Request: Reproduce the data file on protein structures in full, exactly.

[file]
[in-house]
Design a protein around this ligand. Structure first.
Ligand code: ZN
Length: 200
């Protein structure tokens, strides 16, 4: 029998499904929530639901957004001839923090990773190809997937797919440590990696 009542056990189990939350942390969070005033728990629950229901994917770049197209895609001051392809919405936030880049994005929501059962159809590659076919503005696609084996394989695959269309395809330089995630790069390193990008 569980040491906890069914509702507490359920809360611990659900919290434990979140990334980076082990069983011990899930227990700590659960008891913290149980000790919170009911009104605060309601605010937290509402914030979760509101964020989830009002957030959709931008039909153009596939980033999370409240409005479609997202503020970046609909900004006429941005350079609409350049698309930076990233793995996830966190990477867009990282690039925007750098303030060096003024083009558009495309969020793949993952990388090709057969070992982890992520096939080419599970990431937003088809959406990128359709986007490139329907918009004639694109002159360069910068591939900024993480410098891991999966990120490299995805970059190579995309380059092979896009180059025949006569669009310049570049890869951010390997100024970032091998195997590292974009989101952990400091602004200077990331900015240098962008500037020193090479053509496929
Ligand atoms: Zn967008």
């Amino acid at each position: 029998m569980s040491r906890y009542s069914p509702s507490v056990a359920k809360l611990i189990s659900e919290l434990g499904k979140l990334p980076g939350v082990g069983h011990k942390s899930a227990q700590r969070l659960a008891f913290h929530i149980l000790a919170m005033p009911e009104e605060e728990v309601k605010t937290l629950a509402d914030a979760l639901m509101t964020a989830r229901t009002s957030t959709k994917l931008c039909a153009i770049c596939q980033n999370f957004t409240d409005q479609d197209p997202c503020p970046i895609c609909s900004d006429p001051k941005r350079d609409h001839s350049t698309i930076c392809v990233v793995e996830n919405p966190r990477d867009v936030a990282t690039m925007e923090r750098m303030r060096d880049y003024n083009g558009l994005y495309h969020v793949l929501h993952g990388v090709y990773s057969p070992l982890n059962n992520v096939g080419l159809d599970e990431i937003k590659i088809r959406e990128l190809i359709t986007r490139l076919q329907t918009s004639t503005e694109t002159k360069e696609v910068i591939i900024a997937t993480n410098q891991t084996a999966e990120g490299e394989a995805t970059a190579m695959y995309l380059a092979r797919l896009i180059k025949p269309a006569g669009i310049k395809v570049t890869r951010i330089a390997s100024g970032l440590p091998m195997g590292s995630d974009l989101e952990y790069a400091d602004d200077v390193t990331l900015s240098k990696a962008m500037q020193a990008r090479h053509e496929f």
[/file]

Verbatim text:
[in-house]
Design a protein around this ligand. Structure first.
Ligand code: ZN
Length: 200
């Protein structure tokens, strides 16, 4: 029998499904929530639901957004001839923090990773190809997937797919440590990696 009542056990189990939350942390969070005033728990629950229901994917770049197209895609001051392809919405936030880049994005929501059962159809590659076919503005696609084996394989695959269309395809330089995630790069390193990008 569980040491906890069914509702507490359920809360611990659900919290434990979140990334980076082990069983011990899930227990700590659960008891913290149980000790919170009911009104605060309601605010937290509402914030979760509101964020989830009002957030959709931008039909153009596939980033999370409240409005479609997202503020970046609909900004006429941005350079609409350049698309930076990233793995996830966190990477867009990282690039925007750098303030060096003024083009558009495309969020793949993952990388090709057969070992982890992520096939080419599970990431937003088809959406990128359709986007490139329907918009004639694109002159360069910068591939900024993480410098891991999966990120490299995805970059190579995309380059092979896009180059025949006569669009310049570049890869951010390997100024970032091998195997590292974009989101952990400091602004200077990331900015240098962008500037020193090479053509496929
Ligand atoms: Zn967008």
């Amino acid at each position: 029998m569980s040491r906890y009542s069914p509702s507490v056990a359920k809360l611990i189990s659900e919290l434990g499904k979140l990334p980076g939350v082990g069983h011990k942390s899930a227990q700590r969070l659960a008891f913290h929530i149980l000790a919170m005033p009911e009104e605060e728990v309601k605010t937290l629950a509402d914030a979760l639901m509101t964020a989830r229901t009002s957030t959709k994917l931008c039909a153009i770049c596939q980033n999370f957004t409240d409005q479609d197209p997202c503020p970046i895609c609909s900004d006429p001051k941005r350079d609409h001839s350049t698309i930076c392809v990233v793995e996830n919405p966190r990477d867009v936030a990282t690039m925007e923090r750098m303030r060096d880049y003024n083009g558009l994005y495309h969020v793949l929501h993952g990388v090709y990773s057969p070992l982890n059962n992520v096939g080419l159809d599970e990431i937003k590659i088809r959406e990128l190809i359709t986007r490139l076919q329907t918009s004639t503005e694109t002159k360069e696609v910068i591939i900024a997937t993480n410098q891991t084996a999966e990120g490299e394989a995805t970059a190579m695959y995309l380059a092979r797919l896009i180059k025949p269309a006569g669009i310049k395809v570049t890869r951010i330089a390997s100024g970032l440590p091998m195997g590292s995630d974009l989101e952990y790069a400091d602004d200077v390193t990331l900015s240098k990696a962008m500037q020193a990008r090479h053509e496929f």